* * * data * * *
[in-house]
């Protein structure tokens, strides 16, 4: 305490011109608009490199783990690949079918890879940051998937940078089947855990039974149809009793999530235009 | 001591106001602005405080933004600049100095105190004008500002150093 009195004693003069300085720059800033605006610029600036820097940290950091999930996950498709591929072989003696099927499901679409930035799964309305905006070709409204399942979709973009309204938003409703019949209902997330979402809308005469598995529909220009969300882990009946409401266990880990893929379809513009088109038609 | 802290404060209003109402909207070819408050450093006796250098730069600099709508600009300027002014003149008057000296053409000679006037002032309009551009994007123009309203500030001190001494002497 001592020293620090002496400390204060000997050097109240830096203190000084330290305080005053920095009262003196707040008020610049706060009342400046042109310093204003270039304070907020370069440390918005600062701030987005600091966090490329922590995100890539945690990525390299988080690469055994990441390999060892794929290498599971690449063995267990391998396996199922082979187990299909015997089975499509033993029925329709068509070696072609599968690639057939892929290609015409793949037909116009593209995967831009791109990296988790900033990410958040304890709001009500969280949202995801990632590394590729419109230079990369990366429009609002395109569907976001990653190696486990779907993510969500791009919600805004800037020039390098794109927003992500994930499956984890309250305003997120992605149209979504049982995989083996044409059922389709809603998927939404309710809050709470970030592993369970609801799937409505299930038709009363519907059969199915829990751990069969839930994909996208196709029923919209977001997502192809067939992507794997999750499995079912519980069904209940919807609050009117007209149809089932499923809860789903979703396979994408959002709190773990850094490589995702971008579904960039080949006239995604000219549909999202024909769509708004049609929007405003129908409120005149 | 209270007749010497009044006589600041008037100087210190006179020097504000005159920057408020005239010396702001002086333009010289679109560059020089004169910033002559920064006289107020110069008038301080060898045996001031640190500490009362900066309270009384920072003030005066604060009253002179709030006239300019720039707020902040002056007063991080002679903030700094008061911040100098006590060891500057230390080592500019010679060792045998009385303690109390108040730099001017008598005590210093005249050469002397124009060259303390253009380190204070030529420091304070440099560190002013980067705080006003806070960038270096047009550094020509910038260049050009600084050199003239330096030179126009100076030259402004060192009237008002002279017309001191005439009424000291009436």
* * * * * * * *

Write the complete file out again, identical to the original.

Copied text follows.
[in-house]
């Protein structure tokens, strides 16, 4: 305490011109608009490199783990690949079918890879940051998937940078089947855990039974149809009793999530235009 | 001591106001602005405080933004600049100095105190004008500002150093 009195004693003069300085720059800033605006610029600036820097940290950091999930996950498709591929072989003696099927499901679409930035799964309305905006070709409204399942979709973009309204938003409703019949209902997330979402809308005469598995529909220009969300882990009946409401266990880990893929379809513009088109038609 | 802290404060209003109402909207070819408050450093006796250098730069600099709508600009300027002014003149008057000296053409000679006037002032309009551009994007123009309203500030001190001494002497 001592020293620090002496400390204060000997050097109240830096203190000084330290305080005053920095009262003196707040008020610049706060009342400046042109310093204003270039304070907020370069440390918005600062701030987005600091966090490329922590995100890539945690990525390299988080690469055994990441390999060892794929290498599971690449063995267990391998396996199922082979187990299909015997089975499509033993029925329709068509070696072609599968690639057939892929290609015409793949037909116009593209995967831009791109990296988790900033990410958040304890709001009500969280949202995801990632590394590729419109230079990369990366429009609002395109569907976001990653190696486990779907993510969500791009919600805004800037020039390098794109927003992500994930499956984890309250305003997120992605149209979504049982995989083996044409059922389709809603998927939404309710809050709470970030592993369970609801799937409505299930038709009363519907059969199915829990751990069969839930994909996208196709029923919209977001997502192809067939992507794997999750499995079912519980069904209940919807609050009117007209149809089932499923809860789903979703396979994408959002709190773990850094490589995702971008579904960039080949006239995604000219549909999202024909769509708004049609929007405003129908409120005149 | 209270007749010497009044006589600041008037100087210190006179020097504000005159920057408020005239010396702001002086333009010289679109560059020089004169910033002559920064006289107020110069008038301080060898045996001031640190500490009362900066309270009384920072003030005066604060009253002179709030006239300019720039707020902040002056007063991080002679903030700094008061911040100098006590060891500057230390080592500019010679060792045998009385303690109390108040730099001017008598005590210093005249050469002397124009060259303390253009380190204070030529420091304070440099560190002013980067705080006003806070960038270096047009550094020509910038260049050009600084050199003239330096030179126009100076030259402004060192009237008002002279017309001191005439009424000291009436």